Cocaine Linked to Heart Attack, Stroke

Researchers Find Cocaine Increases Blood Clotting Factors

Heart Patient
Heart Problems Common in Cocaine Users. © Getty Images

Using cocaine can be dangerous because the drug can narrow the blood vessels and increase the user's blood pressure and heart rate. Because cocaine has these effects it can increase the risk of sudden heart attack and stroke.

There is some evidence that cocaine use can induce heart attacks and strokes in people who otherwise are not at high risk for these cardiovascular events, which sometimes can be fatal.

On study found that within the first hour after using cocaine, users are 24 times more likely to experience a myocardial infarction (heart attack). That increased risk decreases rapidly after an hour, but the danger is significantly heightened immediately following use.

But, the danger does not complete disappear after the first hour. Other studies have identified changes in blood components that may also play a role in cocaine-related heart attack and stroke hours after initial use.

Risk Factors for Heart Attack

Dr. Arthur Siegel and his colleagues at the Alcohol and Drug Abuse Research Center at McLean Hospital in Belmont, Massachusetts studied the effect of cocaine on blood factors that respond to inflammation by promoting clotting to initiate repair. They found that a component that promotes clotting -- von Willebrand factor (vWF) -- increases and remains elevated for hours after a single exposure to cocaine.

They also found that heavy users of cocaine have elevated levels of vWF, fibrinogen (a clotting factor), and C-reactive protein (CRP), a blood protein that increases in concentration in response to inflammation and is a reliable indicator of risk for heart attack.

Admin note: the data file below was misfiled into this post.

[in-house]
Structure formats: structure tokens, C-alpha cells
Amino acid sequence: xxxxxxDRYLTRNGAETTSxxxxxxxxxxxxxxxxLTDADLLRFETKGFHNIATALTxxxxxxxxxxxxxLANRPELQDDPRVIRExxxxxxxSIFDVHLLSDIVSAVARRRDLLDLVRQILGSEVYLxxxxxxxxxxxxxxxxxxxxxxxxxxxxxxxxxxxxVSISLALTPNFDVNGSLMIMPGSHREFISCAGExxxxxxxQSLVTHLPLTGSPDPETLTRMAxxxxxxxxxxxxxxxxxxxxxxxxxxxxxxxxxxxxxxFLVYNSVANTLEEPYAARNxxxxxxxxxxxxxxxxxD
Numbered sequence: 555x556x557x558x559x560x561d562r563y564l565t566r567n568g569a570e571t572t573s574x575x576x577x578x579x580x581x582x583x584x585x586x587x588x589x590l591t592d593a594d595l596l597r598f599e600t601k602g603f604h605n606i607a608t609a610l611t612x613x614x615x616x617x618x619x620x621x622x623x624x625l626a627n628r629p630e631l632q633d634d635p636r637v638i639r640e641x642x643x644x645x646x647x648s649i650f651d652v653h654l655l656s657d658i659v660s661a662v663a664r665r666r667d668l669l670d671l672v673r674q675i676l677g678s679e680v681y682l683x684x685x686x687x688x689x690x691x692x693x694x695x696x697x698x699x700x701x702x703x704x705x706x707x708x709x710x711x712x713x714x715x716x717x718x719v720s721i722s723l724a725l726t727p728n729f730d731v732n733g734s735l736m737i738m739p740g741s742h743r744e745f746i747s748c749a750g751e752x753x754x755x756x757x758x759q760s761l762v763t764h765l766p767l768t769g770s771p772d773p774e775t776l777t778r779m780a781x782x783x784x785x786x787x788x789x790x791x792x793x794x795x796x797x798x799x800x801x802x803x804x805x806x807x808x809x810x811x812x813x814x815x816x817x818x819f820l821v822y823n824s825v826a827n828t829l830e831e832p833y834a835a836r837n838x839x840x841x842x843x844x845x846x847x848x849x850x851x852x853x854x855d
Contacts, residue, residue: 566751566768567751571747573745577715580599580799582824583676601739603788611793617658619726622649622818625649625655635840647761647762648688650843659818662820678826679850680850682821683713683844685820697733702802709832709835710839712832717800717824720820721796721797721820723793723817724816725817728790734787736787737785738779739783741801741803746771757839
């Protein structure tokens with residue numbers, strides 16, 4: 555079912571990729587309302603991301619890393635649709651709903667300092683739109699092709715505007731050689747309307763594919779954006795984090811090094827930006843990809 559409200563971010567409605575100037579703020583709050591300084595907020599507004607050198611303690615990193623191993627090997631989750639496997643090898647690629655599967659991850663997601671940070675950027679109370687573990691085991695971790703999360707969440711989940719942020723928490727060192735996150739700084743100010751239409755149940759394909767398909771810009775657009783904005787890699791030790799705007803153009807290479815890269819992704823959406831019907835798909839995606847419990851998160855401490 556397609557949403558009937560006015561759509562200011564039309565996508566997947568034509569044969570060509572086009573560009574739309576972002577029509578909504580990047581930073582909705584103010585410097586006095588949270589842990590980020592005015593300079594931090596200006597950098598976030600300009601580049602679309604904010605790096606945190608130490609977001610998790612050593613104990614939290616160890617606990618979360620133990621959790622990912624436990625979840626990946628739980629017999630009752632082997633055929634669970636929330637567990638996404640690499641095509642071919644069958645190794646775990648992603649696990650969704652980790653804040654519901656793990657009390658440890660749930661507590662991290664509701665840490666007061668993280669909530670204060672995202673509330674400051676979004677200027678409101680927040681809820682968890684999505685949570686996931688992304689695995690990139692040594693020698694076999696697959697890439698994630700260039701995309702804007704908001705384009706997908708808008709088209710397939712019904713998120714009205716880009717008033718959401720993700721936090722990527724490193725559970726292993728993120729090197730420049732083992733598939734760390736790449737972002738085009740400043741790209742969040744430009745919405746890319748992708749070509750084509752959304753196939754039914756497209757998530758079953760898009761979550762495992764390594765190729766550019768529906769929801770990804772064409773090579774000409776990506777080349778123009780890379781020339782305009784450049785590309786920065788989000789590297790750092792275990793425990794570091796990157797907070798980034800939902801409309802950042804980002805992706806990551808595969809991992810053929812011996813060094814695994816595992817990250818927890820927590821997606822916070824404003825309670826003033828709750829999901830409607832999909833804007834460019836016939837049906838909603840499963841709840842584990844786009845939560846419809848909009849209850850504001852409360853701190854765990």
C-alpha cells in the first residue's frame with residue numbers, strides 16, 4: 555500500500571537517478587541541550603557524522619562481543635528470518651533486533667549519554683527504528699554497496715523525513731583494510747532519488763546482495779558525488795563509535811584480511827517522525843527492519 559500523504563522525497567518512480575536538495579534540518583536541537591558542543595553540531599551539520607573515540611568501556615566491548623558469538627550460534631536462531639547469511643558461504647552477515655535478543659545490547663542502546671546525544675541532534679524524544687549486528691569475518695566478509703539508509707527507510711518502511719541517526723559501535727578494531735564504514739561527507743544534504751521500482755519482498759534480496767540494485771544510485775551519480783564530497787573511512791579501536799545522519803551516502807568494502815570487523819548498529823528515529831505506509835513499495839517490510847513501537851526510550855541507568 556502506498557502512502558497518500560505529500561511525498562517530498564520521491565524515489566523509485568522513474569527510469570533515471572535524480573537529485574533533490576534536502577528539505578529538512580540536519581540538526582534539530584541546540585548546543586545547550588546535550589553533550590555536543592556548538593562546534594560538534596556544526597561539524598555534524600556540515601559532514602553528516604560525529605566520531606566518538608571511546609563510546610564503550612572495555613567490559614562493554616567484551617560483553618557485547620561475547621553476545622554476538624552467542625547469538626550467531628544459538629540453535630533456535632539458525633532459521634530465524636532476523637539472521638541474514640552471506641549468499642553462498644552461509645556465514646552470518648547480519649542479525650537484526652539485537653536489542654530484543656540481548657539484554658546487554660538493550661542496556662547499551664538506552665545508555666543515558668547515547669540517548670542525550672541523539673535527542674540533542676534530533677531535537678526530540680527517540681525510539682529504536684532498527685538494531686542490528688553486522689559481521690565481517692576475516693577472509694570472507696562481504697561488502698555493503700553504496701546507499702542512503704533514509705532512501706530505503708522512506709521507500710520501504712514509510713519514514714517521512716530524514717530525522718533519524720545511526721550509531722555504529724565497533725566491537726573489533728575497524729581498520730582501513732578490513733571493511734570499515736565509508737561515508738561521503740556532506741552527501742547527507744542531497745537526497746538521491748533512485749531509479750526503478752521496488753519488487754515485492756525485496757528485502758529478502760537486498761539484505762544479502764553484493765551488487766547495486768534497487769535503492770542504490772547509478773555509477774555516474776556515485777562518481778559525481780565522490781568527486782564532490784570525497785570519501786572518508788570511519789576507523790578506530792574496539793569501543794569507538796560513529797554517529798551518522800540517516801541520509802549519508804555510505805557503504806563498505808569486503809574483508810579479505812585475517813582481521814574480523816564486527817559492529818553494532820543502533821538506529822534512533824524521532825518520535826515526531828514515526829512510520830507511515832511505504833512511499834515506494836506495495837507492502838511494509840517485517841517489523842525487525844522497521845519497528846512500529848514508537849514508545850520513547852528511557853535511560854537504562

Inflammation in the Cardiovascular System

"These findings suggest that cocaine creates a temporary risk for heart attack or stroke by increasing clotting factors," Dr. Siegel explains.

"Elevated CRP levels could indicate that long-term use of the drug is triggering inflammation in the cardiovascular system."

Researchers used 20 subjects (10 women and 10 men, average age 26 years) who used cocaine two to six times per month but were drug-free at the time of the study. They received injections of low (0.2 mg/kg) or moderate (0.4 mg/kg) doses of cocaine or of saline solution. Their clotting-related blood components were recorded every 30 minutes for 4 hours.

For those who received moderate doses of cocaine levels of vWF increased by approximately 40 percent and remained elevated for four hours. The same was not true for those receiving low-dose cocaine or saline,

No Protective Factors With Cocaine

"With healthy subjects, it's not unusual to see a temporary increase in vWF after normal activity such as exercise," Dr. Siegel says. "But the increase is balanced by higher levels of factors that control clotting. The increases that followed cocaine administration were not accompanied by compensatory increases in protective factors."

Following the original experiment, the Massachusetts compared the blood factor levels of the original study participants to those of 10 other individuals (6 women, 4 men, average age 41 years) who used the drug far more heavily - 6 to 20 times per week, on average - when both groups were drug-free.

The heavy cocaine users had higher levels of vWF, fibrinogen, and CRP.

Cumulative Risk for Heart Attack and Stroke

"Elevated levels of CRP and clotting factors that we see in the heavy users suggest that repeated use of cocaine poses an exposure-related and cumulative risk for heart attack or stroke," Dr. Siegel said. "The fact that neither group showed any compensatory increase in anticlotting mechanisms suggests that cocaine use upsets the body's ability to maintain a balance between risk and protective factors and tips the scale toward increased risk of heart attack or stroke."

"Other factors certainly play a role in CRP levels, and cocaine alone is probably not responsible for the elevated levels we found," Siegel said.

"For example, age is a factor but does not account for all of the difference. Smoking also may be a factor. In our study, cocaine users who smoked had higher CRP levels than those who did not. On the whole, these findings suggest that cocaine compounds the effects of other risk factors."


Mittleman, MA, et al. "Triggering of Myocardial Infarction by Cocaine." Circulation Accessed 2015

National Institute on Drug Abuse. "Cocaine's Effect on Blood Components May Be Linked to Heart Attack and Stroke," NIDA Notes March 2003